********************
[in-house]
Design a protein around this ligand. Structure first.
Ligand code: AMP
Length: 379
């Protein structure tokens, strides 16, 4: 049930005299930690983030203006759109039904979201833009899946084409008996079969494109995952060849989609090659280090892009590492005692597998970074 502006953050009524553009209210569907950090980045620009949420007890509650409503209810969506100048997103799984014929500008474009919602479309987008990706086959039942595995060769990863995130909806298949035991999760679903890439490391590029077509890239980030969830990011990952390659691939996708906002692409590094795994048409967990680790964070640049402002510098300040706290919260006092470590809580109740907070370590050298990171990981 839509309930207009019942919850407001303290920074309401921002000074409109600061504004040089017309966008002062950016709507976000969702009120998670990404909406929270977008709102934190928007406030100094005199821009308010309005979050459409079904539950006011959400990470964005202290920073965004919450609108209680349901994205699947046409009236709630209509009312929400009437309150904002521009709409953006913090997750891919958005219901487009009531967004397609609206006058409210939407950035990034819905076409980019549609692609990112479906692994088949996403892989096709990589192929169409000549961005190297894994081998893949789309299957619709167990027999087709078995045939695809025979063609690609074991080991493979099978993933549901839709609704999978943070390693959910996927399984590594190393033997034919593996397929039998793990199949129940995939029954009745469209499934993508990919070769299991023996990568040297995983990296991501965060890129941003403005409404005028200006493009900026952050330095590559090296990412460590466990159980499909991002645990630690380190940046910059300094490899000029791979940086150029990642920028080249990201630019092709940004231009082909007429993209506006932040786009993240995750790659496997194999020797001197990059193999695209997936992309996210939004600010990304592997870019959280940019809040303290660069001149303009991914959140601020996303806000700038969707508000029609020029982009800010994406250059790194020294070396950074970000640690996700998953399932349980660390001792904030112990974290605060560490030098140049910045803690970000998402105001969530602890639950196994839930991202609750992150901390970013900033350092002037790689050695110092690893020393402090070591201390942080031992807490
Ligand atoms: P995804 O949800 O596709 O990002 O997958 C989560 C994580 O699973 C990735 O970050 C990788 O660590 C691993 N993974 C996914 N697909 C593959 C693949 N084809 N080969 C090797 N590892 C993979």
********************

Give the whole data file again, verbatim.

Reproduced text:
[in-house]
Design a protein around this ligand. Structure first.
Ligand code: AMP
Length: 379
């Protein structure tokens, strides 16, 4: 049930005299930690983030203006759109039904979201833009899946084409008996079969494109995952060849989609090659280090892009590492005692597998970074 502006953050009524553009209210569907950090980045620009949420007890509650409503209810969506100048997103799984014929500008474009919602479309987008990706086959039942595995060769990863995130909806298949035991999760679903890439490391590029077509890239980030969830990011990952390659691939996708906002692409590094795994048409967990680790964070640049402002510098300040706290919260006092470590809580109740907070370590050298990171990981 839509309930207009019942919850407001303290920074309401921002000074409109600061504004040089017309966008002062950016709507976000969702009120998670990404909406929270977008709102934190928007406030100094005199821009308010309005979050459409079904539950006011959400990470964005202290920073965004919450609108209680349901994205699947046409009236709630209509009312929400009437309150904002521009709409953006913090997750891919958005219901487009009531967004397609609206006058409210939407950035990034819905076409980019549609692609990112479906692994088949996403892989096709990589192929169409000549961005190297894994081998893949789309299957619709167990027999087709078995045939695809025979063609690609074991080991493979099978993933549901839709609704999978943070390693959910996927399984590594190393033997034919593996397929039998793990199949129940995939029954009745469209499934993508990919070769299991023996990568040297995983990296991501965060890129941003403005409404005028200006493009900026952050330095590559090296990412460590466990159980499909991002645990630690380190940046910059300094490899000029791979940086150029990642920028080249990201630019092709940004231009082909007429993209506006932040786009993240995750790659496997194999020797001197990059193999695209997936992309996210939004600010990304592997870019959280940019809040303290660069001149303009991914959140601020996303806000700038969707508000029609020029982009800010994406250059790194020294070396950074970000640690996700998953399932349980660390001792904030112990974290605060560490030098140049910045803690970000998402105001969530602890639950196994839930991202609750992150901390970013900033350092002037790689050695110092690893020393402090070591201390942080031992807490
Ligand atoms: P995804 O949800 O596709 O990002 O997958 C989560 C994580 O699973 C990735 O970050 C990788 O660590 C691993 N993974 C996914 N697909 C593959 C693949 N084809 N080969 C090797 N590892 C993979």